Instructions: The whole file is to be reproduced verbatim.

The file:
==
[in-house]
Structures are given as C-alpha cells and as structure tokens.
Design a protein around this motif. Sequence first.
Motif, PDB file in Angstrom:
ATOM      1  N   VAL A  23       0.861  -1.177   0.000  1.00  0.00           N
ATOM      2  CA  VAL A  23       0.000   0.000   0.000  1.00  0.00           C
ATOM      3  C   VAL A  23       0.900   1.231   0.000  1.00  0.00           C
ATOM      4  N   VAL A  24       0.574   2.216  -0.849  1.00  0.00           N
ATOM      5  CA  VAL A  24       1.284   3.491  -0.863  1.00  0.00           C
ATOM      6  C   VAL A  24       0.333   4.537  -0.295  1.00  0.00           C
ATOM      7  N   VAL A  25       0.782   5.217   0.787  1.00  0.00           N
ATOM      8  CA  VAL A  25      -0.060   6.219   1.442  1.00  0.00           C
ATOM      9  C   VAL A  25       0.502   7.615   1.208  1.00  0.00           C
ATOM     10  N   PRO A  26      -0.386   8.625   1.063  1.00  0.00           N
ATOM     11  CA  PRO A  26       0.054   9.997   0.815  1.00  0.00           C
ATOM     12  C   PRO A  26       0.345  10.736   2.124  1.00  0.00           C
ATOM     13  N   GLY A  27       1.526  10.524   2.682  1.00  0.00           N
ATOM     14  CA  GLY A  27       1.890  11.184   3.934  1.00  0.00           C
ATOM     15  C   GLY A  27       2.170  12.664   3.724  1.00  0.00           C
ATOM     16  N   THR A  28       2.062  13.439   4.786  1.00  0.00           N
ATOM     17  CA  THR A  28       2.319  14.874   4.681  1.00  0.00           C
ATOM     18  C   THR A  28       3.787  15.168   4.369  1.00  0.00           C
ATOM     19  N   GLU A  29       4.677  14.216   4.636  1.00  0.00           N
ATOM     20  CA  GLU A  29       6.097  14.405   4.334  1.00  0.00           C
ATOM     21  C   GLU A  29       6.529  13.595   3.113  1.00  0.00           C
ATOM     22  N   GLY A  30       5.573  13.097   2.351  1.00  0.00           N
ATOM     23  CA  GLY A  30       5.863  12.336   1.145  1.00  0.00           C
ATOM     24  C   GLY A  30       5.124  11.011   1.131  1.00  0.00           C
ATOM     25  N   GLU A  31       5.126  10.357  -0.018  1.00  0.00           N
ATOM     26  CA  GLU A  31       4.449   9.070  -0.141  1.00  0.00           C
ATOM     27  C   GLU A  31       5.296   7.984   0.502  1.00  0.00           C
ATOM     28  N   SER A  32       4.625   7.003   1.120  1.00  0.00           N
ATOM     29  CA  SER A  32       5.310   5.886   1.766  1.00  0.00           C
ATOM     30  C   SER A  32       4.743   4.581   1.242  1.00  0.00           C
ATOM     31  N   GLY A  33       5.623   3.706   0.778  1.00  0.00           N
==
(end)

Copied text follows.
[in-house]
Structures are given as C-alpha cells and as structure tokens.
Design a protein around this motif. Sequence first.
Motif, PDB file in Angstrom:
ATOM      1  N   VAL A  23       0.861  -1.177   0.000  1.00  0.00           N
ATOM      2  CA  VAL A  23       0.000   0.000   0.000  1.00  0.00           C
ATOM      3  C   VAL A  23       0.900   1.231   0.000  1.00  0.00           C
ATOM      4  N   VAL A  24       0.574   2.216  -0.849  1.00  0.00           N
ATOM      5  CA  VAL A  24       1.284   3.491  -0.863  1.00  0.00           C
ATOM      6  C   VAL A  24       0.333   4.537  -0.295  1.00  0.00           C
ATOM      7  N   VAL A  25       0.782   5.217   0.787  1.00  0.00           N
ATOM      8  CA  VAL A  25      -0.060   6.219   1.442  1.00  0.00           C
ATOM      9  C   VAL A  25       0.502   7.615   1.208  1.00  0.00           C
ATOM     10  N   PRO A  26      -0.386   8.625   1.063  1.00  0.00           N
ATOM     11  CA  PRO A  26       0.054   9.997   0.815  1.00  0.00           C
ATOM     12  C   PRO A  26       0.345  10.736   2.124  1.00  0.00           C
ATOM     13  N   GLY A  27       1.526  10.524   2.682  1.00  0.00           N
ATOM     14  CA  GLY A  27       1.890  11.184   3.934  1.00  0.00           C
ATOM     15  C   GLY A  27       2.170  12.664   3.724  1.00  0.00           C
ATOM     16  N   THR A  28       2.062  13.439   4.786  1.00  0.00           N
ATOM     17  CA  THR A  28       2.319  14.874   4.681  1.00  0.00           C
ATOM     18  C   THR A  28       3.787  15.168   4.369  1.00  0.00           C
ATOM     19  N   GLU A  29       4.677  14.216   4.636  1.00  0.00           N
ATOM     20  CA  GLU A  29       6.097  14.405   4.334  1.00  0.00           C
ATOM     21  C   GLU A  29       6.529  13.595   3.113  1.00  0.00           C
ATOM     22  N   GLY A  30       5.573  13.097   2.351  1.00  0.00           N
ATOM     23  CA  GLY A  30       5.863  12.336   1.145  1.00  0.00           C
ATOM     24  C   GLY A  30       5.124  11.011   1.131  1.00  0.00           C
ATOM     25  N   GLU A  31       5.126  10.357  -0.018  1.00  0.00           N
ATOM     26  CA  GLU A  31       4.449   9.070  -0.141  1.00  0.00           C
ATOM     27  C   GLU A  31       5.296   7.984   0.502  1.00  0.00           C
ATOM     28  N   SER A  32       4.625   7.003   1.120  1.00  0.00           N
ATOM     29  CA  SER A  32       5.310   5.886   1.766  1.00  0.00           C
ATOM     30  C   SER A  32       4.743   4.581   1.242  1.00  0.00           C
ATOM     31  N   GLY A  33       5.623   3.706   0.778  1.00  0.00           N